Common mistakes that runners make

Rupert finds that runners often wait too long into a run to fuel themselves, by which time they’re really depleted already. He says: “We can tell runners to fuel 15 minutes into a half-marathon; It takes time to absorb and metabolise. And if you fuel properly you finish stronger, won’t get the same DOMS, you’ll recover quicker and you’ll be back out there training again sooner.”

A big thing that runners often struggle to get right is running in the heat. “On a warm day, the conflict of blood flow in the body is not only between your vital organs, muscles and your stomach but also the surface of skin, to cool it down,” Rupert explains. “Your skin is drawing blood away from your muscles so you’re naturally going to find it harder. You just have to run slower, fuel, hydrate, take opportunities to cool your body and pick it up later on to your natural pace if you can. If you try to run at your normal race pace from the off, you will inevitably crash and burn”.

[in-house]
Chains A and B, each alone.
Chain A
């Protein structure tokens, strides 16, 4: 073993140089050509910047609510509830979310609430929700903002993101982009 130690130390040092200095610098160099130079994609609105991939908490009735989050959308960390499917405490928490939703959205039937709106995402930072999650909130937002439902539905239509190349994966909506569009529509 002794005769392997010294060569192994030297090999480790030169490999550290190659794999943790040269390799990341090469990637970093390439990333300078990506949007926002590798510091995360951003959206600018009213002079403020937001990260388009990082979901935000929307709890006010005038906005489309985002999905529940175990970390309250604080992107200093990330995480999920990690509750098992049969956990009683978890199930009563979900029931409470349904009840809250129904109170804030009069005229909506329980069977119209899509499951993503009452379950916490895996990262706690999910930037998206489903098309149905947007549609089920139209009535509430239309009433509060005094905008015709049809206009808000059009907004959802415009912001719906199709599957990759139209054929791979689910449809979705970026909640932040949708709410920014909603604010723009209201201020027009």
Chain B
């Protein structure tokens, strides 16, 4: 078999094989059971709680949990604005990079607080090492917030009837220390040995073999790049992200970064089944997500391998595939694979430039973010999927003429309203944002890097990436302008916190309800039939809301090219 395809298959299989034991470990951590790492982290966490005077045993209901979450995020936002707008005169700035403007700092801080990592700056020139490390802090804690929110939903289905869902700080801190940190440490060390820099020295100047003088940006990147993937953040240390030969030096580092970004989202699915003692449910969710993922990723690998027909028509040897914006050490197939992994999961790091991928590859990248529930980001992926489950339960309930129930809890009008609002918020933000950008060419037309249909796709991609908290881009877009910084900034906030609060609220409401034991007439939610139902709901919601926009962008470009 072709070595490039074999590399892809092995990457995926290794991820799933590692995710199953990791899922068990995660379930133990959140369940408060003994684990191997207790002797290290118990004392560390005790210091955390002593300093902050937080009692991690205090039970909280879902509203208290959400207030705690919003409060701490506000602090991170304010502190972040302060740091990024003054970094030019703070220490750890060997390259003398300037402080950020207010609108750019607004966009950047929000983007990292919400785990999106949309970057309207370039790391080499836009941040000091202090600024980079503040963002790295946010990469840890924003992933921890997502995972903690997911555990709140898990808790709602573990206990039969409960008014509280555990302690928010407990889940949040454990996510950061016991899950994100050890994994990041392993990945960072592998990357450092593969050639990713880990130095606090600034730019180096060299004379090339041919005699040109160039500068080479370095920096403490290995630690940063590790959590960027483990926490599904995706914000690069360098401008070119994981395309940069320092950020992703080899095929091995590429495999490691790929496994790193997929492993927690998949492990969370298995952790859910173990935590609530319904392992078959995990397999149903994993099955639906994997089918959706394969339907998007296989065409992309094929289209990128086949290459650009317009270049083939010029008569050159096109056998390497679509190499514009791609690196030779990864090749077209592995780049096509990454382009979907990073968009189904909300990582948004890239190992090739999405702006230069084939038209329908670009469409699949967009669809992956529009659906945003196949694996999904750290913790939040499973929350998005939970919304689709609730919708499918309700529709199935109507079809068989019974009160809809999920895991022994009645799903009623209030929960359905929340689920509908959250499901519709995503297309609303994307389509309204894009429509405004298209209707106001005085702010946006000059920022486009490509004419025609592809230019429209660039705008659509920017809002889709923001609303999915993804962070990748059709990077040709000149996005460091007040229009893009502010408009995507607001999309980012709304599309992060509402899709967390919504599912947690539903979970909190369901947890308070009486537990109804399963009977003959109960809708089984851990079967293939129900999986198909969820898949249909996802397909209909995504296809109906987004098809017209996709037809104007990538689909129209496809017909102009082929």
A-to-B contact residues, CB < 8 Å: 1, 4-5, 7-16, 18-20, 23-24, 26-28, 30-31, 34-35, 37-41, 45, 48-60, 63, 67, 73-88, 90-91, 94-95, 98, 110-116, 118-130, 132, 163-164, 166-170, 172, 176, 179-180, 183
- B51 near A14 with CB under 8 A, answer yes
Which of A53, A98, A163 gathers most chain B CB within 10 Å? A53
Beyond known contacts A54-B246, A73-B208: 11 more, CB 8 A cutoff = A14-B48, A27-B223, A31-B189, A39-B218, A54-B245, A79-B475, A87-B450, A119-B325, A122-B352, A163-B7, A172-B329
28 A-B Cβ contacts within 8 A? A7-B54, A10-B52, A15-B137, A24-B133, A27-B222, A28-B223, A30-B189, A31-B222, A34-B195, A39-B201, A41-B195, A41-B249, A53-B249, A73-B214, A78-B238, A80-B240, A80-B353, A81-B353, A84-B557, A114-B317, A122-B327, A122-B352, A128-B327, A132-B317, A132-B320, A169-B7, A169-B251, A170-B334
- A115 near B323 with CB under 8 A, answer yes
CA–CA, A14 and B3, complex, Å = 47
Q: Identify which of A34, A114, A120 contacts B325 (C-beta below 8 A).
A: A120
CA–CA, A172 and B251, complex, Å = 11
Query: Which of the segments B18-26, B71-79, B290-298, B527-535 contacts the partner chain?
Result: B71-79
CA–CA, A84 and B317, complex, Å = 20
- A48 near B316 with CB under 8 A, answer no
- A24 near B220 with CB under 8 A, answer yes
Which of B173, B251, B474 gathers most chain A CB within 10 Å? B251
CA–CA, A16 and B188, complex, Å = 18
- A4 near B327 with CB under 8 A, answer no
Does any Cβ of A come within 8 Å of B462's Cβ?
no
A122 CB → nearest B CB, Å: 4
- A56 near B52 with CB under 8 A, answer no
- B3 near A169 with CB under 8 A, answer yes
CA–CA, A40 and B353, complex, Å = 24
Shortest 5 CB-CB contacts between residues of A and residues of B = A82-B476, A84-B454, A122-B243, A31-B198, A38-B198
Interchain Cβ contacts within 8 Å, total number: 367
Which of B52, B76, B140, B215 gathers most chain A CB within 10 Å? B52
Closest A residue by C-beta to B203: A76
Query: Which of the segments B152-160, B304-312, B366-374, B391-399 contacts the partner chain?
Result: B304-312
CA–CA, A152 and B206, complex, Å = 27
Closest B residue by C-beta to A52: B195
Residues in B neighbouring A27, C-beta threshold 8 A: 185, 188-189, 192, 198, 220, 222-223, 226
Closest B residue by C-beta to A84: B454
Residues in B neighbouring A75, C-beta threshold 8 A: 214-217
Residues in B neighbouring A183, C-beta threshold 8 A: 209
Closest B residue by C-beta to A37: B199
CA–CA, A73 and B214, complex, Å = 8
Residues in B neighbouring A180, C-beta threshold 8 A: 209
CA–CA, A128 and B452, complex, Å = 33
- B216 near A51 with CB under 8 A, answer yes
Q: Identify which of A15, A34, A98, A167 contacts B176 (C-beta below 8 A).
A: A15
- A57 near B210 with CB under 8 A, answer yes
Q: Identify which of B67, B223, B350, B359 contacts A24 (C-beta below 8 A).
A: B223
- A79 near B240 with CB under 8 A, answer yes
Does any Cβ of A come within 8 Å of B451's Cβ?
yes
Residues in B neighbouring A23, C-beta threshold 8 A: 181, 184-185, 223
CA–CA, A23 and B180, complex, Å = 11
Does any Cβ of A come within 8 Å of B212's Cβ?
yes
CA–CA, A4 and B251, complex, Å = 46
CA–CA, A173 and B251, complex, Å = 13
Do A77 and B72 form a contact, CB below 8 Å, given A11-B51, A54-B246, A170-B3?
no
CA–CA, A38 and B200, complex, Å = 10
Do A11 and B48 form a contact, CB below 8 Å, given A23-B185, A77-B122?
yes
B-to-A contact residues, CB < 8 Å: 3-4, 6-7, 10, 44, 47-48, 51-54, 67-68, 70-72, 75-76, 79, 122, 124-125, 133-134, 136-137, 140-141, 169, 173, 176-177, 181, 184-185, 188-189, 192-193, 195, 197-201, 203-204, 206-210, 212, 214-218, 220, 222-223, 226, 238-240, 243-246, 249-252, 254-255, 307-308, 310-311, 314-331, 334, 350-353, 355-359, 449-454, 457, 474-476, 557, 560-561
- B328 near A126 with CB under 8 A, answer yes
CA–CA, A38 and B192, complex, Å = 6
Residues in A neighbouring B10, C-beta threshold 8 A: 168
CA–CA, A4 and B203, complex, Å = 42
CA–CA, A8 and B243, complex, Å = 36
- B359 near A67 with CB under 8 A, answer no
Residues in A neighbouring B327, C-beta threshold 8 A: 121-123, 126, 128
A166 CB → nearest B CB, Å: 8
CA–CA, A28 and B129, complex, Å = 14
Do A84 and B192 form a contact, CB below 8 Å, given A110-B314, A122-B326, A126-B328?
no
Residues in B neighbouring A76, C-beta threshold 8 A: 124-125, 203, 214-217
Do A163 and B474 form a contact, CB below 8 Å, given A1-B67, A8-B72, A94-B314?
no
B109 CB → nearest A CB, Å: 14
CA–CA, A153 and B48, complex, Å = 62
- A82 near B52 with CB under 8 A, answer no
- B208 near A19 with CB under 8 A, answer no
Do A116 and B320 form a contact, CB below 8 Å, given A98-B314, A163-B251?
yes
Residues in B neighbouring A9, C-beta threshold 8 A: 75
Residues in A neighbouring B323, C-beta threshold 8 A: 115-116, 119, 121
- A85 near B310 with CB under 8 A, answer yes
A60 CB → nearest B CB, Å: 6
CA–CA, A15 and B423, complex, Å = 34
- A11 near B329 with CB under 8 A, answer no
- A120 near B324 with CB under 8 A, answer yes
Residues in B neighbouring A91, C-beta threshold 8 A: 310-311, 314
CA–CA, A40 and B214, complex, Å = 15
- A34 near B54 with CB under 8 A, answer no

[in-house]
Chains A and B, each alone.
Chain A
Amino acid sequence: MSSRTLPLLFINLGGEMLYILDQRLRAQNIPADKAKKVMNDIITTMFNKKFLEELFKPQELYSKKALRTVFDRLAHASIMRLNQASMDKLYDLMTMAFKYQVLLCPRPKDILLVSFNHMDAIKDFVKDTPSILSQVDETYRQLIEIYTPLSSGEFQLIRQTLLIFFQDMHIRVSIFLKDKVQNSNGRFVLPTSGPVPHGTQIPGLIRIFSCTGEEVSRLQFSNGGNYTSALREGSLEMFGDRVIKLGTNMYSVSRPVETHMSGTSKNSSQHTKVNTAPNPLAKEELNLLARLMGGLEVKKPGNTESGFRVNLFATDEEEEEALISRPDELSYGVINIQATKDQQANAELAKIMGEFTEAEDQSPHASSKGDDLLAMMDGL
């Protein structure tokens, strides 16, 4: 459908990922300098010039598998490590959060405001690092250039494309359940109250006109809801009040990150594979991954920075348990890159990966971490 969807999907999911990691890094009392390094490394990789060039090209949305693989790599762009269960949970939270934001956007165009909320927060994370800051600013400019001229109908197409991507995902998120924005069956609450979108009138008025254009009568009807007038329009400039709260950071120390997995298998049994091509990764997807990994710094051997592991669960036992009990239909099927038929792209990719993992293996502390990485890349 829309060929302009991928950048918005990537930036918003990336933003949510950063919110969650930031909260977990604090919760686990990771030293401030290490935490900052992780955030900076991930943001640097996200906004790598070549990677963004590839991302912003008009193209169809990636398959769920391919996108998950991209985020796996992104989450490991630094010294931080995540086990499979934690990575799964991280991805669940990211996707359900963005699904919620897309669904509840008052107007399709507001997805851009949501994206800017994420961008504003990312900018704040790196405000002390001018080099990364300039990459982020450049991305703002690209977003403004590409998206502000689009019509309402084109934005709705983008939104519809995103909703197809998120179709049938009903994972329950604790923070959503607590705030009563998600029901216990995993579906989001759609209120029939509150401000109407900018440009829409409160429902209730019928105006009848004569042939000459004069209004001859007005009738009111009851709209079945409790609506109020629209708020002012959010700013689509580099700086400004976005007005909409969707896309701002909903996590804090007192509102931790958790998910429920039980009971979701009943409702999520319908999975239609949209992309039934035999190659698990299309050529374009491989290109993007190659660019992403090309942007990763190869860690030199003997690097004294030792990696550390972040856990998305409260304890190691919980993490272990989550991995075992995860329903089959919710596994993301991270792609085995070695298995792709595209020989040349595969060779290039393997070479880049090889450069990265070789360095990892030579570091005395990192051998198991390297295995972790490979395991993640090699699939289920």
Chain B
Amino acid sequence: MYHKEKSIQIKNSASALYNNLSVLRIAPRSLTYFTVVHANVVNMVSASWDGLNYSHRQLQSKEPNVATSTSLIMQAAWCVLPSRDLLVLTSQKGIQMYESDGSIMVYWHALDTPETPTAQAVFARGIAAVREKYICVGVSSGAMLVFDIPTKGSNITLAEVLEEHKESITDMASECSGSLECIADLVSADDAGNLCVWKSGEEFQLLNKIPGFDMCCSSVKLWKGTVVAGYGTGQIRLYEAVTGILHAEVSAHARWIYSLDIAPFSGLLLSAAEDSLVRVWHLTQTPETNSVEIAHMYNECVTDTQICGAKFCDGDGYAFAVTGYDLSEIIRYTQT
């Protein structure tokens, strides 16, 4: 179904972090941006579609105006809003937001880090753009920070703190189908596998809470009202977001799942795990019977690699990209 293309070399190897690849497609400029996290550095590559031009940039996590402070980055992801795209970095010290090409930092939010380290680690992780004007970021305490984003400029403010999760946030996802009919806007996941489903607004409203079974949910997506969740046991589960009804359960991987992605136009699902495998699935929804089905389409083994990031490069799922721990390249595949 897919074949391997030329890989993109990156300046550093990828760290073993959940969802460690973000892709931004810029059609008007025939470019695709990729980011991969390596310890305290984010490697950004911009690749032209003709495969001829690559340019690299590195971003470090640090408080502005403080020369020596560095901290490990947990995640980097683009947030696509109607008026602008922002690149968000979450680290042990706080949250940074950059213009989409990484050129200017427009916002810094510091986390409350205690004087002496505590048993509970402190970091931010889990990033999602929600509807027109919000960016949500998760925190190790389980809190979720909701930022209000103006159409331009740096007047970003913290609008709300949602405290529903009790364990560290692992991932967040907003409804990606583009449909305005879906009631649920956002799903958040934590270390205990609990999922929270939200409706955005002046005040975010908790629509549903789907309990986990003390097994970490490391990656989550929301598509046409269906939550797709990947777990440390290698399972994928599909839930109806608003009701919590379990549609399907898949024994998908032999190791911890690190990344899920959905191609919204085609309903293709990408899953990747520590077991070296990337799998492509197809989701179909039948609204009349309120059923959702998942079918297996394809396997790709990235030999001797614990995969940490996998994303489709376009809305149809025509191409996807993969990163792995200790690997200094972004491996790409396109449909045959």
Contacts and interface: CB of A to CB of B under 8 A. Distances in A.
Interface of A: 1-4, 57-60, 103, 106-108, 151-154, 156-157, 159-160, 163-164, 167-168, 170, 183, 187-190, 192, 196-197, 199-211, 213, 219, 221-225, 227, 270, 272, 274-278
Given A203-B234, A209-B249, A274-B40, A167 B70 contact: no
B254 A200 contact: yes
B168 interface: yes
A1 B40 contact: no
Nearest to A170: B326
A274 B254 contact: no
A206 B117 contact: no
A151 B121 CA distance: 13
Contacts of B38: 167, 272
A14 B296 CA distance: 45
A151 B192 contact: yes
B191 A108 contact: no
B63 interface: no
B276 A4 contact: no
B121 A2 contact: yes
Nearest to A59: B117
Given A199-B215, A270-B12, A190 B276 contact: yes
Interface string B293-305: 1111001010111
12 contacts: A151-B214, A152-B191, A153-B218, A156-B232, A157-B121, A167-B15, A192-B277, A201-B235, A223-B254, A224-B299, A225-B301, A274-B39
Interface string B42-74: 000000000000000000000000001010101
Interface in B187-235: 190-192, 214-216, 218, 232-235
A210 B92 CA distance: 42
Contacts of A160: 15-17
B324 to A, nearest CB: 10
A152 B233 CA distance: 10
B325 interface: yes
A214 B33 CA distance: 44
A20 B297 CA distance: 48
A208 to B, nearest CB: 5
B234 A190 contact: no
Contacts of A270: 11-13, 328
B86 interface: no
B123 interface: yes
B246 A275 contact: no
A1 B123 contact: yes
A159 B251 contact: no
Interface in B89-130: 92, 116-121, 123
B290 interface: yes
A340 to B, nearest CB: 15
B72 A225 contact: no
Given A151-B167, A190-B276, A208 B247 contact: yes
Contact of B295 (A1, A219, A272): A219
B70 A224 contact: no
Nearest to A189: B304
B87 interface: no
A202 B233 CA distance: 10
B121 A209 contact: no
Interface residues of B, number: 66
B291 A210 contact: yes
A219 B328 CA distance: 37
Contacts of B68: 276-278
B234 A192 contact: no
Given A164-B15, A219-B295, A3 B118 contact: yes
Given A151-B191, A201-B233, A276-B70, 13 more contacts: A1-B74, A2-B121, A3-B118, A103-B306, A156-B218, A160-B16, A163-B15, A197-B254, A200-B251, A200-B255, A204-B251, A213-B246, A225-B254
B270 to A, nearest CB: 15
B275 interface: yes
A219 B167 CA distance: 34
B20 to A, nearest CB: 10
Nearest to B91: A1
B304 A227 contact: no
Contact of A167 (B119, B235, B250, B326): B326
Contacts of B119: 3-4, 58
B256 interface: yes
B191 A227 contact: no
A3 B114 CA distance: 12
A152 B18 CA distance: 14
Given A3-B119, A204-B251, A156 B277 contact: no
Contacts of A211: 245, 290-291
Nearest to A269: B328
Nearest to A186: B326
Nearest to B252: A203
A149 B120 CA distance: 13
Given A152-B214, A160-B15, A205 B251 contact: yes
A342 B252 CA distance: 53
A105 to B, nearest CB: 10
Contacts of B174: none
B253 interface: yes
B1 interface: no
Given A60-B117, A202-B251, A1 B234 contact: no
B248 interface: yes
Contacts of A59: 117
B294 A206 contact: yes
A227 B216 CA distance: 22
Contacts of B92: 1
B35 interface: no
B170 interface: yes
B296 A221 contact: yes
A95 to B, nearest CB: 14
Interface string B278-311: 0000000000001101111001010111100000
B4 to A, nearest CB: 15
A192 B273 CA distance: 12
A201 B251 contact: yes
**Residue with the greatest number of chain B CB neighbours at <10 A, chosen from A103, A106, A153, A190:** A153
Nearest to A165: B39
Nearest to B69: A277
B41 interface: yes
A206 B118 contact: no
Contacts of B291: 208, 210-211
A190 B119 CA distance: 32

And something that Rupert is always keen to emphasise is that running should be fun! Fuel is something that should allow you to enjoy your running. “You’ve got enough fat stores to run all day without fuel, but it won’t be fun,” he says. “You invest in your trainers, your kit, why wouldn’t you invest in fuel for your body to make sure you enjoy it? If you finish a race feeling strong, if you’ve fuelled it right you’ll be ready to go again the next day. Kilian Jornet couldn’t run as fast and perform as he does on party food. He’s struggled in the past with nausea but finds the Mountain Fuel Sports Jellies work for him.”